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Unique ceremonies in demand as Brits move away from tradition

New research from national funeral provider, Co-op Funeralcare, has revealed a shift in funeral trends, 92 percent of UK adults have said they no longer want a traditional funeral.

Additionally, another 88 percent said want to plan their unique send-off themselves.

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Some 52 percent of Brits said, if given the choice, they would opt out of a full funeral service. Instead, 30 percent would want their loved ones to simply raise a glass to them. Some 22 percent would rather their friends and family have a party and 11 percent want a get together in their local pub.

When asked what was most important when arranging a final goodbye, the study showed over 84 percent of Brits would rather have laughter than tears at their send-off. A further 27 percent wanted their family and friends to arrive wearing colour.

The research also showed that ensuring the right people are present to celebrate their life was key, whilst traditional funeral choices such as flowers, coffins and vehicles are now less of an important consideration for Brits overall.

Some 56 percent of those surveyed said a direct to cremation service is something they want for themselves, while 20 percent said they’ve already made this known to their families.

In terms of venues for the service, local pubs remain the most popular choice for Brits, with 31 percent saying this is where they want theirs. Other more unique wake destinations include discos, festivals, gigs and beaches.

Top 10 locations Brits would like their wake:

  1. Local pub (31 percent)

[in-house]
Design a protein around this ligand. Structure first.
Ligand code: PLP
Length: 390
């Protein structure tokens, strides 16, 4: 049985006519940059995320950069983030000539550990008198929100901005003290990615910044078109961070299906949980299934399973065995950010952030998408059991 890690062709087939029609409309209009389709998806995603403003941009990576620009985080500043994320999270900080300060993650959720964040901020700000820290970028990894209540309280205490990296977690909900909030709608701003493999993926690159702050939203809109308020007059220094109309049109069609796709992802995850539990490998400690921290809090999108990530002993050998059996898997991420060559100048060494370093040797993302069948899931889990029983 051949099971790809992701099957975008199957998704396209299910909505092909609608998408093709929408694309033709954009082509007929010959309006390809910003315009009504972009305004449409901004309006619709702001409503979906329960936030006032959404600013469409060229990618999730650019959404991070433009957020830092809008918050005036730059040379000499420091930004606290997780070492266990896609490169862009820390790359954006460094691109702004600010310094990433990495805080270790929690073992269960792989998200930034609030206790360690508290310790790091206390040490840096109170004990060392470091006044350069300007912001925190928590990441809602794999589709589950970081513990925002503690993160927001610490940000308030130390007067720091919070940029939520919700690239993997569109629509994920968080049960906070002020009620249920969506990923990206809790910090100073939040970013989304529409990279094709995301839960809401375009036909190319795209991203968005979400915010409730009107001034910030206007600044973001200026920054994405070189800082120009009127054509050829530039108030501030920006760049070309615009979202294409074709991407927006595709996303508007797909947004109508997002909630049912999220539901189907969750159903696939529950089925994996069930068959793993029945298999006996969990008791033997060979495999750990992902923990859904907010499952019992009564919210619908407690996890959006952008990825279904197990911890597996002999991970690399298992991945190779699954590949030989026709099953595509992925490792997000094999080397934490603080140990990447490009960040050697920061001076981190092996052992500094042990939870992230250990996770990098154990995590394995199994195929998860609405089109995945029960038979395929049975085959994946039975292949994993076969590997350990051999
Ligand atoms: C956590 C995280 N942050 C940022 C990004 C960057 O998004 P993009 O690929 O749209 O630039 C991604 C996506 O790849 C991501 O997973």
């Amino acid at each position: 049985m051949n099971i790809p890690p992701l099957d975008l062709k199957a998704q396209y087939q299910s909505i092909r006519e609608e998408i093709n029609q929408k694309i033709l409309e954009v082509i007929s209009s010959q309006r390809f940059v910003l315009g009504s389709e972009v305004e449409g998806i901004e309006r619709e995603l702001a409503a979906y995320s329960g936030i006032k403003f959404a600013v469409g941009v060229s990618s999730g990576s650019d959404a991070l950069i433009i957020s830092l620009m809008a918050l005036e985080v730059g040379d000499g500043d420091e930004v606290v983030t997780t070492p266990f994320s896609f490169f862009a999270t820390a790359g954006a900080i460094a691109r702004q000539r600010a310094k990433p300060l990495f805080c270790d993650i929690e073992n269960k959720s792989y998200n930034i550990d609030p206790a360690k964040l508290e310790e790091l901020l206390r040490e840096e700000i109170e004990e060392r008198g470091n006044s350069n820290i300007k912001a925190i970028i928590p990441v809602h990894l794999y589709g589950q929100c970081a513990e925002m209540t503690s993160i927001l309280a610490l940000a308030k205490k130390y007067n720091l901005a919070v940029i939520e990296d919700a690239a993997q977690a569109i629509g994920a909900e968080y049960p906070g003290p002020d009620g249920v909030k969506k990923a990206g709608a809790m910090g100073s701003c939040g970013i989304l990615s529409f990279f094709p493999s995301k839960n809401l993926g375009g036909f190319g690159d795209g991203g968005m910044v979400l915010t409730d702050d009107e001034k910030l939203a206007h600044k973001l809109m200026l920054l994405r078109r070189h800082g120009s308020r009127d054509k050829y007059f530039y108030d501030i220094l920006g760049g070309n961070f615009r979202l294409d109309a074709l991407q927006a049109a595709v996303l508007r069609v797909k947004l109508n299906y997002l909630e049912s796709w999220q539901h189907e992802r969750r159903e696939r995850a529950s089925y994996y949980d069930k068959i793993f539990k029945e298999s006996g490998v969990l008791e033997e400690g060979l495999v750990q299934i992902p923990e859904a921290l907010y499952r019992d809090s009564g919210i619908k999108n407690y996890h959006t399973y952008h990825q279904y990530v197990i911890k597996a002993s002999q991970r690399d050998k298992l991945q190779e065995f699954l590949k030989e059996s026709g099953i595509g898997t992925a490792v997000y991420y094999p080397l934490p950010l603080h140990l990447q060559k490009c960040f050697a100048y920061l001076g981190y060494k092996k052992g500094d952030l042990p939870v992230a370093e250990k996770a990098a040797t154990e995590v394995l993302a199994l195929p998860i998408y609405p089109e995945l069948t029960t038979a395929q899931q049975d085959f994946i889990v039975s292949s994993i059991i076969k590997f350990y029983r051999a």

2. At the family home (22 percent)
  3. Favourite restaurant (12 percent)
  4. On a beach (10 percent)
  5. A disco to take place at a bar/nightclub (nine percent)
  6. In the garden (nine percent)
  7. At a football club (nine percent)
  8. At a festival/gig (seven percent)
  9. At a community hall (seven percent)
  10. Abroad (four percent)

David Collingwood, director of funerals for Co-op Funeralcare, said: “It comes as no surprise that people are more open than ever to the idea of unique and personalised send offs. Cremation Without Ceremony was introduced as a response to market demand, with people wanting the chance to say goodbye to loved ones in their own, personal way outside of a traditional service.

“Although the traditional funeral is still a popular choice, we’re increasingly seeing people considering alternative options. This is exactly why we encourage people to talk more openly about their wishes and what they would like for themselves. To ensure they have the funeral they want and to remove some of the emotional burden for families further down the line.’’

Janet Street-Porter, journalist and broadcaster, added: “It’s great to see that people are becoming more open to the idea of unique and alternative send-offs. Funerals should be completely tailored to the person who’s died, whether that means having a lavish, no expenses spared affair or having a direct cremation followed by a get together in the local pub.

“It’s so important that we become less nervous talking about death, it’s one of life’s inevitabilities and shouldn’t be shied away from. The more we talk about it, the less of a taboo it becomes.”

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